Baltimore’s nascent commercial drone industry has been growing in a gray area for the past few years, experimenting with videos like one that caught last year’s Monument Lighting ceremony from the air and taking on real estate clients while facing the threat of fines from the federal government.
After what felt like a long wait, operators of the commercial unmanned aircraft say the rules proposed Sunday by the Federal Aviation Administration are a good compromise that will eliminate uncertainty while ending some practices, such as flying at night.
“It felt like Christmas,” said Terry Kilby, who is co-owner of the Baltimore aerial photography company Elevated Element and who listened in on the FAA’s conference call announcing the rules. “This is something we’ve been waiting for for years. There were a lot of predictions one way or another; people felt the first set of rules would be much more strict.”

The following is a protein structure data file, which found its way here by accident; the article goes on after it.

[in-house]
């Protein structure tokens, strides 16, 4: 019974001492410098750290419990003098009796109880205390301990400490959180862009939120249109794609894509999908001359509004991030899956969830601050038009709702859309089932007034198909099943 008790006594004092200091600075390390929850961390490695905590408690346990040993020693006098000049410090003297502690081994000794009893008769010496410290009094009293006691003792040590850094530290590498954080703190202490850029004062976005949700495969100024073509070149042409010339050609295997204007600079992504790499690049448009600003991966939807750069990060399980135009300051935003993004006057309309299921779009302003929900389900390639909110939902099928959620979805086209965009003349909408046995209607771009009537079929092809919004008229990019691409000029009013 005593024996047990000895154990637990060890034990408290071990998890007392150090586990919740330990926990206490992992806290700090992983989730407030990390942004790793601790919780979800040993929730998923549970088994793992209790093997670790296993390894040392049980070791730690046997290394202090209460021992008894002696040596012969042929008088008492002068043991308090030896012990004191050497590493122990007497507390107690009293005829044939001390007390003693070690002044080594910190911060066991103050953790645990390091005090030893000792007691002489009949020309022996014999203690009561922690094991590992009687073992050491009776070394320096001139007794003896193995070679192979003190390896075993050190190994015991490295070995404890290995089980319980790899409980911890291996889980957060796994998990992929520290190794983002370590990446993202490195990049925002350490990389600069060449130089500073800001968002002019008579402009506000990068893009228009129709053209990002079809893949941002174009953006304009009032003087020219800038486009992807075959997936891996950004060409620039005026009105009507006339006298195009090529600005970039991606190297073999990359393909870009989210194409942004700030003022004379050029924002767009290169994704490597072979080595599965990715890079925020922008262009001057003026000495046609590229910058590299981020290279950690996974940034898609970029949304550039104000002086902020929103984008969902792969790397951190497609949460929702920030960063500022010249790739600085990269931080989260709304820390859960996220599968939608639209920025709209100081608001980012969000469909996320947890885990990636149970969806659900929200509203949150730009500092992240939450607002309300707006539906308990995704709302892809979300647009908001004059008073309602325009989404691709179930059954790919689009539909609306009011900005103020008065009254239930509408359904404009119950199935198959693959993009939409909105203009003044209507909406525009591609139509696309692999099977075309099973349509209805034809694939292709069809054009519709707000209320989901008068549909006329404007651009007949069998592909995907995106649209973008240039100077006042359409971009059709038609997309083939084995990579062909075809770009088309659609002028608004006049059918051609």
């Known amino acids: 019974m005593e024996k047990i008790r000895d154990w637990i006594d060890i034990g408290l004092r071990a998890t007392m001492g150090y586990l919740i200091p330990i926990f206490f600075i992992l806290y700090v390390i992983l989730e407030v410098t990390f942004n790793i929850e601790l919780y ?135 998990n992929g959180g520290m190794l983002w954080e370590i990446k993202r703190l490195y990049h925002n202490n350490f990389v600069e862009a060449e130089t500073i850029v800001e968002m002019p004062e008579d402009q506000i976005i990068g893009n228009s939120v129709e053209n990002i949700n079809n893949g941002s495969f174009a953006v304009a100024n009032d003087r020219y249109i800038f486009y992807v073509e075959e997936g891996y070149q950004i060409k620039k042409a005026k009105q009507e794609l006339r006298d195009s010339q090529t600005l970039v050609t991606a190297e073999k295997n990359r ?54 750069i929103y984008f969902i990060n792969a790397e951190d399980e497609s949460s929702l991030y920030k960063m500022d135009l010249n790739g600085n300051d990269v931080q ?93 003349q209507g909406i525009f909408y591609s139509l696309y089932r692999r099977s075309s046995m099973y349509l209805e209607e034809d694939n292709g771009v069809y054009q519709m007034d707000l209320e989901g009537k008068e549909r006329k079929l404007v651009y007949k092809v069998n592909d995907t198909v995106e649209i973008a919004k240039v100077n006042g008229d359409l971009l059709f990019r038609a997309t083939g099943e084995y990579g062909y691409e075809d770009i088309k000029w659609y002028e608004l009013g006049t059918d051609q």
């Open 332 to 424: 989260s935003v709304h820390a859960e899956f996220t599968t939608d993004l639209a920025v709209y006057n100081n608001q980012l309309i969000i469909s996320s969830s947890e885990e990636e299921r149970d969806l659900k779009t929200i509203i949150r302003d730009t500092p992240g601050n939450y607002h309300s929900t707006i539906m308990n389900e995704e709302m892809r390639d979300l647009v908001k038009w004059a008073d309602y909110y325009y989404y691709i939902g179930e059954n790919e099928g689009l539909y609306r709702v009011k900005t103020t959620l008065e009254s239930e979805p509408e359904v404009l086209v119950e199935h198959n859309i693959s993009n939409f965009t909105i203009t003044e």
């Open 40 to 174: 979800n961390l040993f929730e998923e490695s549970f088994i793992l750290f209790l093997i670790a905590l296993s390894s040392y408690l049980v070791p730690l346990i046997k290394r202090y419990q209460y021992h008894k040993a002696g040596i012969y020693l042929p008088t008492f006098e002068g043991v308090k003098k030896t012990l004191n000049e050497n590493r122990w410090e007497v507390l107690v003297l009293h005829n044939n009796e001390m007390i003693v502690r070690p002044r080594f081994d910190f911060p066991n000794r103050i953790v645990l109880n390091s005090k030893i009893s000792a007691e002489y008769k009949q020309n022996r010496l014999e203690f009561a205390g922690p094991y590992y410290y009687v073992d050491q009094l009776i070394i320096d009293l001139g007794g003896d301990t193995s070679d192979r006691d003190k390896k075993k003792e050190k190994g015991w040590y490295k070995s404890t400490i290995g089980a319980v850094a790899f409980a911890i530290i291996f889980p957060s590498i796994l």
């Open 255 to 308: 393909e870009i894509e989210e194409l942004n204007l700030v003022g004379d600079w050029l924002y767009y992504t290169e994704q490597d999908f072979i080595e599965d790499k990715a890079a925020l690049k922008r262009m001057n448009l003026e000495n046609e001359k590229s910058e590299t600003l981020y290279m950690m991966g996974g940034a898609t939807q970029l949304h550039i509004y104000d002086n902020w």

Small-drone operators around the region have been shooting aerial pictures for real estate agents, mapping land for developers, even shooting video for documentaries. Some in the industry believe small drones will continue to become more common, inspecting bridges and cell towers, monitoring crops, and more.
The Association for Unmanned Vehicle Systems International estimates that drones will create 70,000 jobs with an economic impact of more than $13.6 billion in the first three years after their integration into U.S. skies.
But the popularity of unmanned aircraft has outpaced their regulation. While people were allowed to fly drones as a hobby, commercial operators faced the possibility of $10,000 fines.